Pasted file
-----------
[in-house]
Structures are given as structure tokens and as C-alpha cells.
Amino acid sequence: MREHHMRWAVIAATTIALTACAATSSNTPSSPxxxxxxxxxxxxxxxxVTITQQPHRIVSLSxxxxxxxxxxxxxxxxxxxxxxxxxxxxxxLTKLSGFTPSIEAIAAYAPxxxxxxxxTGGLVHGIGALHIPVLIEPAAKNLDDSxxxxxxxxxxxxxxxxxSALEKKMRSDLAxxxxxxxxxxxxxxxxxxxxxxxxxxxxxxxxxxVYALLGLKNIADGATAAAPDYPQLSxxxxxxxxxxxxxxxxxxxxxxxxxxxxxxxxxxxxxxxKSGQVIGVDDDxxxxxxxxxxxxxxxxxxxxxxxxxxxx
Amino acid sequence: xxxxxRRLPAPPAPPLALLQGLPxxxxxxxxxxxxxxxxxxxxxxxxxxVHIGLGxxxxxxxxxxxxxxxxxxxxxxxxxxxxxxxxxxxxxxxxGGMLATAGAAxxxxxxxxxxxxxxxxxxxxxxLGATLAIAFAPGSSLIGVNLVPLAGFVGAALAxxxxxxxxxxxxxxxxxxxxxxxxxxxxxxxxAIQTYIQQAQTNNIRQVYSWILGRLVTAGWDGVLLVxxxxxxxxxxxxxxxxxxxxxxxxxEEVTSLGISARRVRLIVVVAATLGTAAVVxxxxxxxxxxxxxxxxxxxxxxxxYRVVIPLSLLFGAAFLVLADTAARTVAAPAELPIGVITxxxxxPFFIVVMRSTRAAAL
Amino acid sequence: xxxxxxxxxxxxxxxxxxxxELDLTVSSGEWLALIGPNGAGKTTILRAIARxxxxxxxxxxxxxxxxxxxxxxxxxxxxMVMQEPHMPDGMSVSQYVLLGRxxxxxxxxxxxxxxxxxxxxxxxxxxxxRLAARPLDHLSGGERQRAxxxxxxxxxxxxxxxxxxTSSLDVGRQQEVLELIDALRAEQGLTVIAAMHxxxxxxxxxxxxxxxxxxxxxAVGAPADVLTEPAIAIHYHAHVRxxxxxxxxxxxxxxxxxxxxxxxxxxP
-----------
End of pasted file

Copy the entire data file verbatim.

[in-house]
Structures are given as structure tokens and as C-alpha cells.
Amino acid sequence: MREHHMRWAVIAATTIALTACAATSSNTPSSPxxxxxxxxxxxxxxxxVTITQQPHRIVSLSxxxxxxxxxxxxxxxxxxxxxxxxxxxxxxLTKLSGFTPSIEAIAAYAPxxxxxxxxTGGLVHGIGALHIPVLIEPAAKNLDDSxxxxxxxxxxxxxxxxxSALEKKMRSDLAxxxxxxxxxxxxxxxxxxxxxxxxxxxxxxxxxxVYALLGLKNIADGATAAAPDYPQLSxxxxxxxxxxxxxxxxxxxxxxxxxxxxxxxxxxxxxxxKSGQVIGVDDDxxxxxxxxxxxxxxxxxxxxxxxxxxxx
Amino acid sequence: xxxxxRRLPAPPAPPLALLQGLPxxxxxxxxxxxxxxxxxxxxxxxxxxVHIGLGxxxxxxxxxxxxxxxxxxxxxxxxxxxxxxxxxxxxxxxxGGMLATAGAAxxxxxxxxxxxxxxxxxxxxxxLGATLAIAFAPGSSLIGVNLVPLAGFVGAALAxxxxxxxxxxxxxxxxxxxxxxxxxxxxxxxxAIQTYIQQAQTNNIRQVYSWILGRLVTAGWDGVLLVxxxxxxxxxxxxxxxxxxxxxxxxxEEVTSLGISARRVRLIVVVAATLGTAAVVxxxxxxxxxxxxxxxxxxxxxxxxYRVVIPLSLLFGAAFLVLADTAARTVAAPAELPIGVITxxxxxPFFIVVMRSTRAAAL
Amino acid sequence: xxxxxxxxxxxxxxxxxxxxELDLTVSSGEWLALIGPNGAGKTTILRAIARxxxxxxxxxxxxxxxxxxxxxxxxxxxxMVMQEPHMPDGMSVSQYVLLGRxxxxxxxxxxxxxxxxxxxxxxxxxxxxRLAARPLDHLSGGERQRAxxxxxxxxxxxxxxxxxxTSSLDVGRQQEVLELIDALRAEQGLTVIAAMHxxxxxxxxxxxxxxxxxxxxxAVGAPADVLTEPAIAIHYHAHVRxxxxxxxxxxxxxxxxxxxxxxxxxxP